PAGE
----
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What gives? The blurred lines between philanthropy and the state

What gives? The blurred lines between philanthropy and the state

A review of Public Good by Private Means by Rhodri Davies.

I’ll get straight to it: if you are interested in charities, and in fundraising and philanthropy in particular, you will find this book fascinating. Public Good by Private Means is a meticulously researched, cogently argued look at the history of philanthropy in Britain. Rhodri Davies looks in particular at the often controversial interface between philanthropists and the State (from taxation through to public policy), a subject that is currently especially topical. There are lessons in here for us all – fundraisers, philanthropists, policymakers, and indeed ‘charity critics’. Indeed, the latter are not a recent phenomenon, as we learn in the book).

Davies sets about answering some important questions: Why is philanthropy important? How can we ensure that it is effective? What are the key principles of philanthropy? What arguments can be marshalled in defence of it? In doing so, he guides the reader through a detailed yet compellingly interesting potted history of giving in Britain through the centuries.

We learn about the roots of modern philanthropy after the Reformation and initially influenced by the Church in the 16th and 17th centuries, and how even then there were blurred lines with the emergence of state-provided welfare. We learn about the impact of industrialisation and the emergence of the concept of corporate social responsibility. And we learn how many of the fundraising practices we might consider to be modern innovations actually have their roots in the pioneering efforts of philanthropists of centuries gone by.

Philanthropists through the centuries

Peppered throughout are case studies in the form of pen portraits of philanthropists through the centuries. These include: Angela Burdett-Coutts, featuring Charles Dickens as an early philanthropic advisor(!); William Rathbone, who was advised by Florence Nightingale in his quest to establish nursing provision; Andrew Carnegie and his establishment of libraries; and a series of philanthropists with wealth derived from their family’s establishment of “the brands that built Britain”: Elizabeth Fry, Joseph Rowntree, George Cadbury, Thomas Cook, and indeed a whole ‘host’ of brewers!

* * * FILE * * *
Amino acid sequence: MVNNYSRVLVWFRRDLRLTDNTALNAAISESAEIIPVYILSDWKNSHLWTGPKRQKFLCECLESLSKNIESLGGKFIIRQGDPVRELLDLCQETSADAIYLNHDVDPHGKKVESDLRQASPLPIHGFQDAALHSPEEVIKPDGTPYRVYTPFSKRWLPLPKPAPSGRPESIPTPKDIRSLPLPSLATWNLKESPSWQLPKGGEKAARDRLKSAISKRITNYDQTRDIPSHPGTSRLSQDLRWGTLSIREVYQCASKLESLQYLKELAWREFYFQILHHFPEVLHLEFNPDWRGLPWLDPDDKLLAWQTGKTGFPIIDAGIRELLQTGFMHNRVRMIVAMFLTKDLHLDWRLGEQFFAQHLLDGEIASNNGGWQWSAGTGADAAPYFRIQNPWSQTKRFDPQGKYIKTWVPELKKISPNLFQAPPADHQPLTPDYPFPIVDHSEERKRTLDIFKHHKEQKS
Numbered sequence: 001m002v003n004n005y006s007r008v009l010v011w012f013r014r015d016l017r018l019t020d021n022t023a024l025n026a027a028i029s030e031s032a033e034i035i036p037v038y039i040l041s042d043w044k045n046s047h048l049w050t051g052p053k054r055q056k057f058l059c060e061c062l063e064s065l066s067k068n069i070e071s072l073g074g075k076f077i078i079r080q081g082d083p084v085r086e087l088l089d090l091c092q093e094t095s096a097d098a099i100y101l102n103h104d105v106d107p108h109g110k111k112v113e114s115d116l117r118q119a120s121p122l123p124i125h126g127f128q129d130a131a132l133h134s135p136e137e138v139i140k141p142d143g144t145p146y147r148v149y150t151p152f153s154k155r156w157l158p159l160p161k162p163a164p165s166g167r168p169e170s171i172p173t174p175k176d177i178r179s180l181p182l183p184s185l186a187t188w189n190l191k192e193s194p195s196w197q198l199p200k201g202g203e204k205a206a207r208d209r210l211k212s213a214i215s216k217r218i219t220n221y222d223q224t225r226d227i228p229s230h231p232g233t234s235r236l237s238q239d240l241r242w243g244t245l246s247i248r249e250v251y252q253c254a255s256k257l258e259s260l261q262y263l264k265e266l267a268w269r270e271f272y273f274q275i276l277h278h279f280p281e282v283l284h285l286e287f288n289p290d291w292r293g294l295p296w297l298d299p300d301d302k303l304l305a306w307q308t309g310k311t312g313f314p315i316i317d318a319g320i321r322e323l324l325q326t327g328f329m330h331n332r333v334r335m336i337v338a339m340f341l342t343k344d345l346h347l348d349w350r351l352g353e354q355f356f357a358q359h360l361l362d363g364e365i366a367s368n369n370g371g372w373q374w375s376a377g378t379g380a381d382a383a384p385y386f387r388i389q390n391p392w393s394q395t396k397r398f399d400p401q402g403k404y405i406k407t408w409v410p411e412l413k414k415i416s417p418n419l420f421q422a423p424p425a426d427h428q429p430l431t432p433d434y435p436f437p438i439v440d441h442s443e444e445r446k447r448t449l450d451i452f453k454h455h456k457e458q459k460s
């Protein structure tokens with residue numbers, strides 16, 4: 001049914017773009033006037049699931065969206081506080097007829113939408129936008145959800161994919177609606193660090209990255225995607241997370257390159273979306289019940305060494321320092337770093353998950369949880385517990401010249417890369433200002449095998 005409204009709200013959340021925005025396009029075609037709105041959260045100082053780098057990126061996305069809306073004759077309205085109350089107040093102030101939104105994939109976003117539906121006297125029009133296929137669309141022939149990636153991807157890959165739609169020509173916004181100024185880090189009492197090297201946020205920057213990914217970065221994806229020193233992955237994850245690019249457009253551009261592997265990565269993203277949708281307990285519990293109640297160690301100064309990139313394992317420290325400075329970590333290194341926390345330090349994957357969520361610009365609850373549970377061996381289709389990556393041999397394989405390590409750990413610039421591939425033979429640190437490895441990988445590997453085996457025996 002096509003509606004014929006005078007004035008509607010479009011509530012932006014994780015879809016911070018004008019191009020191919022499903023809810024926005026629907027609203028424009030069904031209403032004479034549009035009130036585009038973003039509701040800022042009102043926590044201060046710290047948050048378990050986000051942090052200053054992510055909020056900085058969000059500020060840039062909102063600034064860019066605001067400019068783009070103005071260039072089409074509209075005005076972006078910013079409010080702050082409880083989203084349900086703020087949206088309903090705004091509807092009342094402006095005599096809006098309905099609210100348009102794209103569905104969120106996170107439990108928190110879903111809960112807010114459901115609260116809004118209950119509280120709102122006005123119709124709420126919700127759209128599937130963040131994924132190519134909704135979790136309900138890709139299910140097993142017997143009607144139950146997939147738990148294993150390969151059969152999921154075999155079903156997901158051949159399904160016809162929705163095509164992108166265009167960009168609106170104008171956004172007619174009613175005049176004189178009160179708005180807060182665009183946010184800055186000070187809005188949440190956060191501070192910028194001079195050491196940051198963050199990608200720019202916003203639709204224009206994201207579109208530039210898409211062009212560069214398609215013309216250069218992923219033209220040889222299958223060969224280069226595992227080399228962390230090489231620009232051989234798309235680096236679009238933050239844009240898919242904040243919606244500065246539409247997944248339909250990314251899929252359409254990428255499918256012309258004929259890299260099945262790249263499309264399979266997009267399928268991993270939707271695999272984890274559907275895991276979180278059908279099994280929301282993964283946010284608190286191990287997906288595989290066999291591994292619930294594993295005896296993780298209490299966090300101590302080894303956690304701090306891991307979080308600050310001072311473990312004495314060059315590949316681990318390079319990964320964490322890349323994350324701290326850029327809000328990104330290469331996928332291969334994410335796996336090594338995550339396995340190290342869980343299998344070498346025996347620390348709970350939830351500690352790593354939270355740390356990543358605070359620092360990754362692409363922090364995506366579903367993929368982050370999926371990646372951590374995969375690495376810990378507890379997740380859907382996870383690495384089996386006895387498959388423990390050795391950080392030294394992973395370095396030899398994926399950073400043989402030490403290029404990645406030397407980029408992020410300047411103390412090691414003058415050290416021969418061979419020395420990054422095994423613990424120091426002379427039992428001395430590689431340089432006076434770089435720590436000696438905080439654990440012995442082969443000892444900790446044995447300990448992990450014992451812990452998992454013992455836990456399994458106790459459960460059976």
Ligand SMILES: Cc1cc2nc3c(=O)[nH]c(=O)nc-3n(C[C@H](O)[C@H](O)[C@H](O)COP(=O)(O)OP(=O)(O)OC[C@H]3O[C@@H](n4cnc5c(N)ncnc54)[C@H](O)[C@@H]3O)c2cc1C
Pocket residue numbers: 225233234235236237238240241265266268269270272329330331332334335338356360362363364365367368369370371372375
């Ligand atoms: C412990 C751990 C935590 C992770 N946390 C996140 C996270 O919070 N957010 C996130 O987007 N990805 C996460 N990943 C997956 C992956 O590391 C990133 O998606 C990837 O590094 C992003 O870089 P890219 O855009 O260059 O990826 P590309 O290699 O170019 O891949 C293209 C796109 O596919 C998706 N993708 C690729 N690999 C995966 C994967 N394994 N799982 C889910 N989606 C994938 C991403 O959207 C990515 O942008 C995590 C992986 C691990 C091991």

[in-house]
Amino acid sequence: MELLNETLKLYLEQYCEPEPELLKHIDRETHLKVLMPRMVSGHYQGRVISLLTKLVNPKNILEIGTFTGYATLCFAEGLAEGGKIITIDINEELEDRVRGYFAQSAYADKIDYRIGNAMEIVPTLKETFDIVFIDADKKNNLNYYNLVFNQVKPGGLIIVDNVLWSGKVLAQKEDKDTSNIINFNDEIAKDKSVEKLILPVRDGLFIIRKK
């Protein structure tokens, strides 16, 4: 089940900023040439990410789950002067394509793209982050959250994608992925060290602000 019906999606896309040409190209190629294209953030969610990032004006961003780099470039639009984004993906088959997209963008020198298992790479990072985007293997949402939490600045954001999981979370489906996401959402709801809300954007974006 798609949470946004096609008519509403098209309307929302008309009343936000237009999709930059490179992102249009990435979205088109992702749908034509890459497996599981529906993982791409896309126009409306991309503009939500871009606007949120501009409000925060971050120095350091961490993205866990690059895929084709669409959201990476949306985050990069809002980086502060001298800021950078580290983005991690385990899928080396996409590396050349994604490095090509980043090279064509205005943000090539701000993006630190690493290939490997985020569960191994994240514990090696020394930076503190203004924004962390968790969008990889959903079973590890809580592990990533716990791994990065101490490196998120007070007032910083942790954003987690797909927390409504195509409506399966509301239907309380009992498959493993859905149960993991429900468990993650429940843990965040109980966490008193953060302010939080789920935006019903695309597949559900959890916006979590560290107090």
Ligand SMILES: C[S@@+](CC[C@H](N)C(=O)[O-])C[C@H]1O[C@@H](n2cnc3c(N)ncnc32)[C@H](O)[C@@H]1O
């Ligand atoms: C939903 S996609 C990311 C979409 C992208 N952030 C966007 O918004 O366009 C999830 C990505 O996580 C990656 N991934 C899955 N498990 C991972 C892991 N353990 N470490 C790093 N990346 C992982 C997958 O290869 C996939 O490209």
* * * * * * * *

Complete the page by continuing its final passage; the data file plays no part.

The post-war emergence of the welfare state in Britain is shown to be of crucial importance in reframing the relevance of charity and philanthropy. Did the state have to step in due to voluntary sector failure? Davies concludes that such criticism is too simplistic, that no single sector can provide the panacea for society’s ills, and that philanthropy still has a crucial role to play.

Giving as political act

At a time when charities are increasingly criticised for being ‘too political’, and campaigning and advocacy are often considered dirty words, we learn from these examples in particular that for centuries major giving has been an innately political act. That’s political with a small “P” rather than party political. Philanthropists and charities have clearly wrestled for so long with the hard choice between treating the symptoms and finding a ‘cure’. And in seeking the latter, the quest has long been for social change. We learn that lobbying, campaigning and speaking truth to power are by no means modern phenomena, and that urging charities to ‘stick to their knitting’ is both fallacious and arguably pernicious.

Davies tackles weighty or potentially dry topics such as taxation, or the difficulty of balancing innovation and impact, deftly throughout, and clearly signposts the direction of his arguments, and indeed the key points of his book. I was particularly drawn to the regular “Implications for philanthropy” sections in which the author delicately pulls the thread through from each section to assess relevance for today’s fundraising and philanthropic practitioners alike.

Future of philanthropy

But it is in addressing frequent criticism of philanthropy that this book comes into its own. Not content merely with constructing a range of historically-backed rebuttals, Davies responds by constructively elucidating his eight key principles of philanthropy.

These principles underline why philanthropy still has a crucial role to play and will help those interested in giving (and those interested in helping them give) to shape their policies and practice for maximum effect.

As such, this book is a must-have for fundraising department shelves and of course for the libraries of anyone who wants to effect change through their philanthropy.

 

Public Good by Private Means by Rhodri Davies is published by Alliance Publishing Trust. The 288 page paperback costs £18 or £7.01 in Kindle format.

 

Richard Sved has worked and volunteered in the charity sector for over 20 years. Prior to setting up his own company, 3rd Sector Mission Control, he led the fundraising function for two national charities. He is also an NCVO consultant, and was recently interim Head of Fundraising at Epilepsy Society and Education Support Partnership. Richard's key strengths lie in charity strategic planning, income generation and communications. He blogs regularly about the charity sector at http://www.3rdsectormissioncontrol.co.uk/what-we-say/blog/

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